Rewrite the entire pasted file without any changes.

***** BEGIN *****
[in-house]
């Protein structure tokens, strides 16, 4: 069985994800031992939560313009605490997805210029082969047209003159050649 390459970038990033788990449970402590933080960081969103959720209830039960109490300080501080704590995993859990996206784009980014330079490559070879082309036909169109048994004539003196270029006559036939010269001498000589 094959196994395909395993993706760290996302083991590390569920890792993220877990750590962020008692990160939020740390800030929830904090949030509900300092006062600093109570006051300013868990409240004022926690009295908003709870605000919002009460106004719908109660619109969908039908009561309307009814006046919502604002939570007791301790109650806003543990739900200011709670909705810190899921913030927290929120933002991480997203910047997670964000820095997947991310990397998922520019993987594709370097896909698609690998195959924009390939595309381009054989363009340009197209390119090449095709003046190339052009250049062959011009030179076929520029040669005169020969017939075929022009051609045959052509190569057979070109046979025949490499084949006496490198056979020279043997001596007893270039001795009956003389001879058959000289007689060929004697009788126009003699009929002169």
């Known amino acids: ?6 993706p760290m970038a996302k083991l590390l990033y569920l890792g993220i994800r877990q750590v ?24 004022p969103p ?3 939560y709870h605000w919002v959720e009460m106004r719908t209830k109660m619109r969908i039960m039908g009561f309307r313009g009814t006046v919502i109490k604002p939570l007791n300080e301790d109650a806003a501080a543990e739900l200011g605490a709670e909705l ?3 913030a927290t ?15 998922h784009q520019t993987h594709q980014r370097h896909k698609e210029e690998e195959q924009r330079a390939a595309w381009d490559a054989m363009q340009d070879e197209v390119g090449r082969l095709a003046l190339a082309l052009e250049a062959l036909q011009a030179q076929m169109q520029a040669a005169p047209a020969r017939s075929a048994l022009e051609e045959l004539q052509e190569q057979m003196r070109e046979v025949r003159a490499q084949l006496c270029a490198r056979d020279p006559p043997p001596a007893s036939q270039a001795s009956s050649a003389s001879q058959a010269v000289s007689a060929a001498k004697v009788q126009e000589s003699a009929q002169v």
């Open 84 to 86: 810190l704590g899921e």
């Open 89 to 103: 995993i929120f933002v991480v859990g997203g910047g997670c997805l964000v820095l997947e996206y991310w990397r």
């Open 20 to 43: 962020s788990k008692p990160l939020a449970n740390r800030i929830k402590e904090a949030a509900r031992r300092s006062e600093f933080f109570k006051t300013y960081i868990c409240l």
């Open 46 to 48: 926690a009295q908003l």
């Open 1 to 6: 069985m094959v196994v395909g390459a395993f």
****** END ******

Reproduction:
[in-house]
């Protein structure tokens, strides 16, 4: 069985994800031992939560313009605490997805210029082969047209003159050649 390459970038990033788990449970402590933080960081969103959720209830039960109490300080501080704590995993859990996206784009980014330079490559070879082309036909169109048994004539003196270029006559036939010269001498000589 094959196994395909395993993706760290996302083991590390569920890792993220877990750590962020008692990160939020740390800030929830904090949030509900300092006062600093109570006051300013868990409240004022926690009295908003709870605000919002009460106004719908109660619109969908039908009561309307009814006046919502604002939570007791301790109650806003543990739900200011709670909705810190899921913030927290929120933002991480997203910047997670964000820095997947991310990397998922520019993987594709370097896909698609690998195959924009390939595309381009054989363009340009197209390119090449095709003046190339052009250049062959011009030179076929520029040669005169020969017939075929022009051609045959052509190569057979070109046979025949490499084949006496490198056979020279043997001596007893270039001795009956003389001879058959000289007689060929004697009788126009003699009929002169």
């Known amino acids: ?6 993706p760290m970038a996302k083991l590390l990033y569920l890792g993220i994800r877990q750590v ?24 004022p969103p ?3 939560y709870h605000w919002v959720e009460m106004r719908t209830k109660m619109r969908i039960m039908g009561f309307r313009g009814t006046v919502i109490k604002p939570l007791n300080e301790d109650a806003a501080a543990e739900l200011g605490a709670e909705l ?3 913030a927290t ?15 998922h784009q520019t993987h594709q980014r370097h896909k698609e210029e690998e195959q924009r330079a390939a595309w381009d490559a054989m363009q340009d070879e197209v390119g090449r082969l095709a003046l190339a082309l052009e250049a062959l036909q011009a030179q076929m169109q520029a040669a005169p047209a020969r017939s075929a048994l022009e051609e045959l004539q052509e190569q057979m003196r070109e046979v025949r003159a490499q084949l006496c270029a490198r056979d020279p006559p043997p001596a007893s036939q270039a001795s009956s050649a003389s001879q058959a010269v000289s007689a060929a001498k004697v009788q126009e000589s003699a009929q002169v």
């Open 84 to 86: 810190l704590g899921e």
């Open 89 to 103: 995993i929120f933002v991480v859990g997203g910047g997670c997805l964000v820095l997947e996206y991310w990397r």
């Open 20 to 43: 962020s788990k008692p990160l939020a449970n740390r800030i929830k402590e904090a949030a509900r031992r300092s006062e600093f933080f109570k006051t300013y960081i868990c409240l």
């Open 46 to 48: 926690a009295q908003l």
């Open 1 to 6: 069985m094959v196994v395909g390459a395993f």